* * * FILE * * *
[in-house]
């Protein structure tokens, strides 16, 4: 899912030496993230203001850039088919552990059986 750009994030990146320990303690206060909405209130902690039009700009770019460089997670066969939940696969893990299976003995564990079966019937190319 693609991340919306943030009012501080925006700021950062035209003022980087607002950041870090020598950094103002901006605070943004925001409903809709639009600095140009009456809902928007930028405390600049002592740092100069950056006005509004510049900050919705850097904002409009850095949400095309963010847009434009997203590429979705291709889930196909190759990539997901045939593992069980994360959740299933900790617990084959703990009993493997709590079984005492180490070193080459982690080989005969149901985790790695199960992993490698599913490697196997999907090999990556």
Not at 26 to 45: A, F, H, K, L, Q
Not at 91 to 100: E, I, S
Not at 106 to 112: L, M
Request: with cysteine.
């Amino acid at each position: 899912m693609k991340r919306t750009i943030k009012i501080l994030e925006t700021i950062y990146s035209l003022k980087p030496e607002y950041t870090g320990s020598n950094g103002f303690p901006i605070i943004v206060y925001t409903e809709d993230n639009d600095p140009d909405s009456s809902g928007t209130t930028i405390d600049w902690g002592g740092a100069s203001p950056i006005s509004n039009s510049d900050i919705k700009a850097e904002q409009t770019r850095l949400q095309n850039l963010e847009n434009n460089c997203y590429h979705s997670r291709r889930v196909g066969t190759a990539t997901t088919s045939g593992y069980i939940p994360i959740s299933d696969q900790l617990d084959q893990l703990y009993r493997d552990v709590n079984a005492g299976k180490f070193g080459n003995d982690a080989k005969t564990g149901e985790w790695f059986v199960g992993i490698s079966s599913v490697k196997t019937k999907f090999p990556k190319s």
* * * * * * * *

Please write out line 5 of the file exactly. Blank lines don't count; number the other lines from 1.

Not at 106 to 112: L, M